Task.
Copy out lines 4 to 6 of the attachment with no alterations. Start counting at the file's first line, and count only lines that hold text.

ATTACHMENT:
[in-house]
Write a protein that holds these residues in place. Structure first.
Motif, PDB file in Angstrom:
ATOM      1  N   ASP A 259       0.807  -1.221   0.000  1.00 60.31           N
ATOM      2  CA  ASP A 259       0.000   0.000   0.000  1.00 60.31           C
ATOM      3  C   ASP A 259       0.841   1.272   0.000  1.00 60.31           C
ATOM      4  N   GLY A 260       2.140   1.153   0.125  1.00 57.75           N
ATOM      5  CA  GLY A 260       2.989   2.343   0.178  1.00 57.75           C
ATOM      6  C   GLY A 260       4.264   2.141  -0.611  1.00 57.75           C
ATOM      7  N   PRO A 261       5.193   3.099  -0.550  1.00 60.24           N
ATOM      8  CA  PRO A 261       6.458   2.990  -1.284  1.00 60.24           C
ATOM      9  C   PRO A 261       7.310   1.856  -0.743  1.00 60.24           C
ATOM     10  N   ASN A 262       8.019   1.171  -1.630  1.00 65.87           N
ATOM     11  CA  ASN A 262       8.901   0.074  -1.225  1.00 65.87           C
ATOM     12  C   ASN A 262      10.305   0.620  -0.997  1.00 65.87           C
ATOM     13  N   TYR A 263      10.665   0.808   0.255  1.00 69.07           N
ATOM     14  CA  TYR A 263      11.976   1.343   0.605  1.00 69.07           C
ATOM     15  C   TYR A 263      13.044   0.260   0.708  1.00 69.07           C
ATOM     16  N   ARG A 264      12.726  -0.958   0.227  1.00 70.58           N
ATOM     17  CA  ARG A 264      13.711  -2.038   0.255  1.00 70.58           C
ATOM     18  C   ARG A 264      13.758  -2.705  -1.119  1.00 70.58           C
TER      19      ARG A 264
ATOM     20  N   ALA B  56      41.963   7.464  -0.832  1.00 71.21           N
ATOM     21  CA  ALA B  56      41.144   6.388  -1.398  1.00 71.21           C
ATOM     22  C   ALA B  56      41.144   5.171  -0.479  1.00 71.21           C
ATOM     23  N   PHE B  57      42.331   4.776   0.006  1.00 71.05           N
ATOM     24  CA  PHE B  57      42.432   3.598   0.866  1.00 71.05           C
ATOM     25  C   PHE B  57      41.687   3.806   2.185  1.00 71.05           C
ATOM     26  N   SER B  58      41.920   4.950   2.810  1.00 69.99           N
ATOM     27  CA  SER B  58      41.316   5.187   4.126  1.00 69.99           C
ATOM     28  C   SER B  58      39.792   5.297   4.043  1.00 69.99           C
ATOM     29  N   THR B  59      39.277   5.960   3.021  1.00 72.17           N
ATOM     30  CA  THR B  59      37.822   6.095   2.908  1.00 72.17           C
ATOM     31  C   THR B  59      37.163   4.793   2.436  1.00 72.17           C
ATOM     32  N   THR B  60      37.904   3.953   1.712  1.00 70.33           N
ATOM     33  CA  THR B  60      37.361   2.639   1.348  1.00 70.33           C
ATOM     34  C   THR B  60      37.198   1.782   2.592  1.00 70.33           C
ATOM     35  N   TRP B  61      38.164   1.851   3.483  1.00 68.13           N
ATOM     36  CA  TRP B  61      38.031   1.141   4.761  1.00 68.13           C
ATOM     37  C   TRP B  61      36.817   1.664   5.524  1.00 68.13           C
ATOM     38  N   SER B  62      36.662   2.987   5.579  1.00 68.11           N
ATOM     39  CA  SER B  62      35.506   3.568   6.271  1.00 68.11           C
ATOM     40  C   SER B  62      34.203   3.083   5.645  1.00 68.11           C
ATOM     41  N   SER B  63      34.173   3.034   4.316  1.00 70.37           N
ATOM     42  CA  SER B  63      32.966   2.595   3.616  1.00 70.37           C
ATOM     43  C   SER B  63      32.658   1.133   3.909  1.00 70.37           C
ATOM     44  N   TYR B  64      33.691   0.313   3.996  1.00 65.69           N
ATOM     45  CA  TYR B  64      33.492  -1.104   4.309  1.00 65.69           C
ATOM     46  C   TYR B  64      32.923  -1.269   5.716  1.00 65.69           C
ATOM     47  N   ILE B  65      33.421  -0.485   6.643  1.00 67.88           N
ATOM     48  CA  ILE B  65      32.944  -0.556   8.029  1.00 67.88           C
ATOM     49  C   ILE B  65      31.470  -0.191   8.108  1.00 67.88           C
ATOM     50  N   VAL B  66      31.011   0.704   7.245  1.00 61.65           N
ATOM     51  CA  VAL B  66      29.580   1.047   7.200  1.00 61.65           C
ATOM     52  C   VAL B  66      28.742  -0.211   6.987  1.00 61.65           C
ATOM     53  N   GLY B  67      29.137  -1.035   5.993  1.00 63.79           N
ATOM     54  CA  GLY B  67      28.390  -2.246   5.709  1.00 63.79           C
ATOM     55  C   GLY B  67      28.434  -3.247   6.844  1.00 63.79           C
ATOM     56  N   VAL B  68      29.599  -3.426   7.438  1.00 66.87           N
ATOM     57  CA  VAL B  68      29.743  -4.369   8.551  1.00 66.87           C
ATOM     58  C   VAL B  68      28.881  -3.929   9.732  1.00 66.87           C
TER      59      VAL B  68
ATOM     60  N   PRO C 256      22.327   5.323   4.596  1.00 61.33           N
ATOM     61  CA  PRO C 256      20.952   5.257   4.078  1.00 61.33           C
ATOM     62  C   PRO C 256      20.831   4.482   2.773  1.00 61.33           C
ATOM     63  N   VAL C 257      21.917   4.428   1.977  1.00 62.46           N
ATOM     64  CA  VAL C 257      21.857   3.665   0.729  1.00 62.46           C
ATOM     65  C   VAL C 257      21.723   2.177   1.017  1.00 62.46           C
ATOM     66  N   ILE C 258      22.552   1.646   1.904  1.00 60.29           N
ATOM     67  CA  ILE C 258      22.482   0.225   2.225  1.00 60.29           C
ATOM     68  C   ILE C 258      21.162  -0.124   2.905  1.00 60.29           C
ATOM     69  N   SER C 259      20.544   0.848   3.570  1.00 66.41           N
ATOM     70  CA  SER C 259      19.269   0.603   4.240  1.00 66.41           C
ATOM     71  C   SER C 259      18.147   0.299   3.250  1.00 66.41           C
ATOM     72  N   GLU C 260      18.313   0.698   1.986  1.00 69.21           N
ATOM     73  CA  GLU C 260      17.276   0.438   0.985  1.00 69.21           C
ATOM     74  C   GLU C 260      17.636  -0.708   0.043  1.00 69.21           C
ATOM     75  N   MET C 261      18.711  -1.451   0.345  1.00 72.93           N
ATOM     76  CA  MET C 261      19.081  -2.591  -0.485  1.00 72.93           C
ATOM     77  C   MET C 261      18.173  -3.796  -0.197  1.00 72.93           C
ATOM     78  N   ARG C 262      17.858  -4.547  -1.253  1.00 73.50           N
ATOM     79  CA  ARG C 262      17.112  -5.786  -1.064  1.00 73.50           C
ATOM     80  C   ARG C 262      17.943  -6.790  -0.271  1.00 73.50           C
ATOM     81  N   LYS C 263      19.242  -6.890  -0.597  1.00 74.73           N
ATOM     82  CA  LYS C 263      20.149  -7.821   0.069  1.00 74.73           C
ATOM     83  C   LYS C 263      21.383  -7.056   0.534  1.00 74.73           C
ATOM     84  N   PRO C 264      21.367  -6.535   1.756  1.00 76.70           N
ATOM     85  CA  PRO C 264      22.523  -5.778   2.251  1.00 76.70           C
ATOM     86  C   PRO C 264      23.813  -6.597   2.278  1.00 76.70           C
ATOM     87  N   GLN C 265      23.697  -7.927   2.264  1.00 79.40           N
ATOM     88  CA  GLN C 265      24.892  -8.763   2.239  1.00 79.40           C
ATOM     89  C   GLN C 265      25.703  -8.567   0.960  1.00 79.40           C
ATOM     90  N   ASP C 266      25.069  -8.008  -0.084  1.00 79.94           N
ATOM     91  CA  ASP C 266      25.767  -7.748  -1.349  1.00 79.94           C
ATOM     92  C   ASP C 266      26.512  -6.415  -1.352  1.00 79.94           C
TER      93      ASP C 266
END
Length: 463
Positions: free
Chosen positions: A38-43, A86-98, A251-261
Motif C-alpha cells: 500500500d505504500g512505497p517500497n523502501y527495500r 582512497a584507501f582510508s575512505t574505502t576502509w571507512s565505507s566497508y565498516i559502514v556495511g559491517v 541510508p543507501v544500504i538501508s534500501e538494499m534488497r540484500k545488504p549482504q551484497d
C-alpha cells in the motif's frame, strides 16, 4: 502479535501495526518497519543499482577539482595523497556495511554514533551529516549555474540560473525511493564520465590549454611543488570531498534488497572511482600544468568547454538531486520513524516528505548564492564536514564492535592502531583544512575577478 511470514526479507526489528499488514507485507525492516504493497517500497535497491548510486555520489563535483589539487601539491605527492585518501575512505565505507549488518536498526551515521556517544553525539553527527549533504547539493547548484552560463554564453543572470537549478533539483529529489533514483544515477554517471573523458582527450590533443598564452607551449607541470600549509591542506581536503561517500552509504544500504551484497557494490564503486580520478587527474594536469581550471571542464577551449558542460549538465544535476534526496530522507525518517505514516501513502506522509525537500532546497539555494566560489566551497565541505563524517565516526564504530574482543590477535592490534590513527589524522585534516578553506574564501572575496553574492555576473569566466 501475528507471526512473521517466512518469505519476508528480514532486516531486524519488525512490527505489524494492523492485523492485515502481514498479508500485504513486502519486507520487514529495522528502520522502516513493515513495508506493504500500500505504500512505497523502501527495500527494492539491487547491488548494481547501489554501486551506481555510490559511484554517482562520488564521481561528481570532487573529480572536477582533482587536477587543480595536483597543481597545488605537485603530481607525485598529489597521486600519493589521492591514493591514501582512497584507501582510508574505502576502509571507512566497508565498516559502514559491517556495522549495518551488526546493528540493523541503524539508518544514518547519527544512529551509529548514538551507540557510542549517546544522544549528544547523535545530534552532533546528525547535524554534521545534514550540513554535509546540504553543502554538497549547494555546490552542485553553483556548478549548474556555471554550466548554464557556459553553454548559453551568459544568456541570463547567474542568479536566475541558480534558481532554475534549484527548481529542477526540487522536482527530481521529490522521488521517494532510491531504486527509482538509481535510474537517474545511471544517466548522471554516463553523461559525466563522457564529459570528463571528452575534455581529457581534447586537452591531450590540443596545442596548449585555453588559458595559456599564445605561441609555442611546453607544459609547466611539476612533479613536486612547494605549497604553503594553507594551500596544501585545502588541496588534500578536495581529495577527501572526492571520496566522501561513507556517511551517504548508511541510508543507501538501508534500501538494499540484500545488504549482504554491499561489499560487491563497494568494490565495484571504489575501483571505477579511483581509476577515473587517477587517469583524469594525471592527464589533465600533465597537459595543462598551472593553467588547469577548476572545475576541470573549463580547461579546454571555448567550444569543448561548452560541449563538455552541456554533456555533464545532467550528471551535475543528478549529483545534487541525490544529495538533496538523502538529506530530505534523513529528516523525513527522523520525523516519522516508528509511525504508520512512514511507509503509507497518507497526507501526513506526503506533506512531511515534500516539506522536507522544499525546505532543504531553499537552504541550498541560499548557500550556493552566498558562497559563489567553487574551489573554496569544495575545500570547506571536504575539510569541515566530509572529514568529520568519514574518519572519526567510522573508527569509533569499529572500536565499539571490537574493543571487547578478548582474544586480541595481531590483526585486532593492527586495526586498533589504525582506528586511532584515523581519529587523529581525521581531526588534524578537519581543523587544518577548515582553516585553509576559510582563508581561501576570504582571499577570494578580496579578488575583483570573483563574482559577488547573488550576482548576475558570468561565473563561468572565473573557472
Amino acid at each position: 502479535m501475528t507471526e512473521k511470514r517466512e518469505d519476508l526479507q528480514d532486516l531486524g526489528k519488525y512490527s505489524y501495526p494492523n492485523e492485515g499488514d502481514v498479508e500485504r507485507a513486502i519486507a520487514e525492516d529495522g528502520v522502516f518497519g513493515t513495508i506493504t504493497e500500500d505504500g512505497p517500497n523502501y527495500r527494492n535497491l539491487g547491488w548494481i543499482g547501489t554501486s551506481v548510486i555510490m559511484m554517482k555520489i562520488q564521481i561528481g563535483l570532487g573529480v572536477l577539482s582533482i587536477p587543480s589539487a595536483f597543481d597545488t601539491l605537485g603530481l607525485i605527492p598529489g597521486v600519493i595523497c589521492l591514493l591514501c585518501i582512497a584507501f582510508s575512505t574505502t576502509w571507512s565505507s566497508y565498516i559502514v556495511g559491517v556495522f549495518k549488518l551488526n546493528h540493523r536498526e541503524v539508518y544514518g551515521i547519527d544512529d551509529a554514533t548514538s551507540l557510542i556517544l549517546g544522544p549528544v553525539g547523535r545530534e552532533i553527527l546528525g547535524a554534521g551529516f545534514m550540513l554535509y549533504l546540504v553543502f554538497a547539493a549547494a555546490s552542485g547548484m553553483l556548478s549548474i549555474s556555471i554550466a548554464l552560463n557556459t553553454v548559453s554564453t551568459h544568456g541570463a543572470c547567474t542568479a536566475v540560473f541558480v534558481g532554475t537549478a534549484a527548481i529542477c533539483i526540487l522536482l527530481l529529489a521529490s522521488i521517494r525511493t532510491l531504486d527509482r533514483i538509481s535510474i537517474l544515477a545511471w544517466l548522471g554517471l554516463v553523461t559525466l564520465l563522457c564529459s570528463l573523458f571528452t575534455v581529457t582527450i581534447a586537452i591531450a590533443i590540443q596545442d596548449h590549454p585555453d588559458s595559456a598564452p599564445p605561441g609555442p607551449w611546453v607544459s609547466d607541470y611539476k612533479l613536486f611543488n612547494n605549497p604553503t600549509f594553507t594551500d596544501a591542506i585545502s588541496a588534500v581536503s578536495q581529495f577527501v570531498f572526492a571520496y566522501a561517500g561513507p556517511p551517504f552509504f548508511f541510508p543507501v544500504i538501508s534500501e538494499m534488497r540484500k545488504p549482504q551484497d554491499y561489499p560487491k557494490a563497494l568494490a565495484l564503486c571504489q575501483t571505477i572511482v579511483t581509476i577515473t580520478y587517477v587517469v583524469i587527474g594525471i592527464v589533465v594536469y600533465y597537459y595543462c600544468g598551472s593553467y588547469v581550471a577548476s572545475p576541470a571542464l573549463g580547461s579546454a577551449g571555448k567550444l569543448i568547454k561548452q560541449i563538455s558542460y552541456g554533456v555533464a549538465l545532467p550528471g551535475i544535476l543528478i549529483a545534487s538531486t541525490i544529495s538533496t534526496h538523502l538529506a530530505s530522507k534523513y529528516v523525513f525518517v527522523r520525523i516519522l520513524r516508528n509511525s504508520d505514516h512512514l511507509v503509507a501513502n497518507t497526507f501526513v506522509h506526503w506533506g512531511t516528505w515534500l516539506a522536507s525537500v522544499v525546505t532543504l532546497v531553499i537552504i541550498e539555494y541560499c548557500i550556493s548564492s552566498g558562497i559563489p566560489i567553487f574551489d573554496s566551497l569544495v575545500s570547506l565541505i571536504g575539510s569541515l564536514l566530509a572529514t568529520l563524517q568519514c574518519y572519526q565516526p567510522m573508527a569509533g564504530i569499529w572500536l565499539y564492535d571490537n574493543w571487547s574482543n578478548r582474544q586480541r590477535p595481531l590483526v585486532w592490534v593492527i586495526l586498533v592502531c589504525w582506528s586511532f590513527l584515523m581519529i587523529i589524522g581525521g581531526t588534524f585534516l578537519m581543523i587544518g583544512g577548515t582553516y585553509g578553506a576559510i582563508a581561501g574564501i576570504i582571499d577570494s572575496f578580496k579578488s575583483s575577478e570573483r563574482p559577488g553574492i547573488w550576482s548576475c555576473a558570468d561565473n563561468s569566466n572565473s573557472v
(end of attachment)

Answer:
ATOM      1  N   ASP A 259       0.807  -1.221   0.000  1.00 60.31           N
ATOM      2  CA  ASP A 259       0.000   0.000   0.000  1.00 60.31           C
ATOM      3  C   ASP A 259       0.841   1.272   0.000  1.00 60.31           C